The Better Burn Barrel from the Boeing Strike Lives On
It’s just what you would expect from airplane engineers on strike—they reengineered the picket line burn barrel to be more efficient.
The strikers were Boeing engineers, members of the Society of Professional Engineering Employees in Aerospace (SPEEA), who walked the lines for 40 days in 2000 during a rainy Seattle winter.
Nineteen years later their design is still in demand. Just this week, UE members on strike at the Wabtech locomotive plant in Erie, Pennsylvania, built 20 of these better burn barrels after reading about them in the Labor Notes book A Troublemaker’s Handbook 2.
You’ve seen the traditional burn barrel—an oil drum filled with wooden pallet planks. Picketers stand around warming their hands over the open fire.
The key difference with the “SPEEA stove” is that it has a closed top. Smoke is released through a tall stovepipe.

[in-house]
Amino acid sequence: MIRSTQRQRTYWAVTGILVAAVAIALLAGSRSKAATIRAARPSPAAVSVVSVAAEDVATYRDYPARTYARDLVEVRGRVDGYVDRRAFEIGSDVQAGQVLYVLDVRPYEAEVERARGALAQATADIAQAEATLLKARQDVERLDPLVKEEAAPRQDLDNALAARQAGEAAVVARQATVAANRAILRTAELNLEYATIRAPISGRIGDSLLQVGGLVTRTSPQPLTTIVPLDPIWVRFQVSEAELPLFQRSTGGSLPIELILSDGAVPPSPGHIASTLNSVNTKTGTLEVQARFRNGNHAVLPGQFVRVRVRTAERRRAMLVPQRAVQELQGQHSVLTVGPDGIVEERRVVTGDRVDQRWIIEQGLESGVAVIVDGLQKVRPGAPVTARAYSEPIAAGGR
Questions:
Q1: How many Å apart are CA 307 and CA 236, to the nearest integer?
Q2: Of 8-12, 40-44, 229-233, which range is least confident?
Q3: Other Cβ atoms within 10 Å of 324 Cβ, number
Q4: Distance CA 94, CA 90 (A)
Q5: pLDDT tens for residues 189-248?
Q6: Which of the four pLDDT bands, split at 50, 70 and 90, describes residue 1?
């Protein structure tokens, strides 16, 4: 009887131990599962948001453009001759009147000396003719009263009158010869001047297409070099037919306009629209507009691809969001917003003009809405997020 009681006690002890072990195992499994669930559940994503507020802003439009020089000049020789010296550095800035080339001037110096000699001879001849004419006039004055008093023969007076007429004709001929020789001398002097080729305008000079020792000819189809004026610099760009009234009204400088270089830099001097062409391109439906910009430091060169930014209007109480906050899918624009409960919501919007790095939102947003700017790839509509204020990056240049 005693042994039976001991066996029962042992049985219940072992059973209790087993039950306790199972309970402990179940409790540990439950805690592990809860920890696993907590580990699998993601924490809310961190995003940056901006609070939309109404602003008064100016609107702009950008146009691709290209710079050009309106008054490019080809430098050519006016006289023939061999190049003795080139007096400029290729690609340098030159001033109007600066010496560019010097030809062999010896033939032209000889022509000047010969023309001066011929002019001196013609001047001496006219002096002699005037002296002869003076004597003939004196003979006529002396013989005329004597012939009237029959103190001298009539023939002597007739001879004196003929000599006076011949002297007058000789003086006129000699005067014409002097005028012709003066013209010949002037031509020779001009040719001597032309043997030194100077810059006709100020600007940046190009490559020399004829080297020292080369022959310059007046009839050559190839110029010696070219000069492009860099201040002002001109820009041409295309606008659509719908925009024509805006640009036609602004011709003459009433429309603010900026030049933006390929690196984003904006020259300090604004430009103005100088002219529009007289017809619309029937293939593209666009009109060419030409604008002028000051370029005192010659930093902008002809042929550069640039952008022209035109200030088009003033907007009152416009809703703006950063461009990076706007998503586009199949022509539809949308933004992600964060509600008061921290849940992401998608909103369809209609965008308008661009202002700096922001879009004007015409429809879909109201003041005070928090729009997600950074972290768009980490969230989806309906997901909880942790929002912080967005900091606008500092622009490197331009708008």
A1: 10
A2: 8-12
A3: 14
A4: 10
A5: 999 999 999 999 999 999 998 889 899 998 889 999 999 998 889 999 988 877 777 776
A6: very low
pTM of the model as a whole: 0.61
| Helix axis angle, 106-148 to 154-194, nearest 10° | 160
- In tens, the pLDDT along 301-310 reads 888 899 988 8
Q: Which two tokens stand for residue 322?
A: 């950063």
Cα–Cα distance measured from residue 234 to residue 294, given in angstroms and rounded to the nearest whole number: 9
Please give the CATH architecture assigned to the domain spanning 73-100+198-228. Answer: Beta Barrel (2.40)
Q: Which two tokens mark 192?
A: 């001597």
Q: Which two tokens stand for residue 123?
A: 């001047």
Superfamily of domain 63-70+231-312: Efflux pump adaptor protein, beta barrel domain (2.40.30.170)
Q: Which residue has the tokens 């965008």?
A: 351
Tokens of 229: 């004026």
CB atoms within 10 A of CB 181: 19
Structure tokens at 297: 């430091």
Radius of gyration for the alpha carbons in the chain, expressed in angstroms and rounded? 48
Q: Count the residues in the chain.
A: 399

The closed lid confers several advantages: Wood lasts twice as long and burns twice as hot. It’s more environmentally friendly. You don’t get smoke in your face. And you can even cook food on top.
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“We did a lot of cooking,” retired Boeing engineer Tom McCarty, one of the SPEEA stove’s inventors, told us in A Troublemaker’s Handbook. “Eggs in the morning, chili at noon, and stew at night.”
After the Boeing strike, they spread the gospel to other union members. When newspaper workers struck Seattle’s two big papers later the same year, they built their own SPEEA stoves.
McCarty, now the president of the union’s retiree society, said he’s flattered that after all these years he still hears from people who want the plans for the improved burn barrel.
Want to build your own? Check out the instructional guide, “How We Built the SPEEA Stove,” by Morris Adams and Tom McCarty.
Labor Notes is happy to spread the word about useful resources like this. If you have resources you’d like to share with other union members, or if you’re looking for help, write us at editors[at]labornotes[dot]org.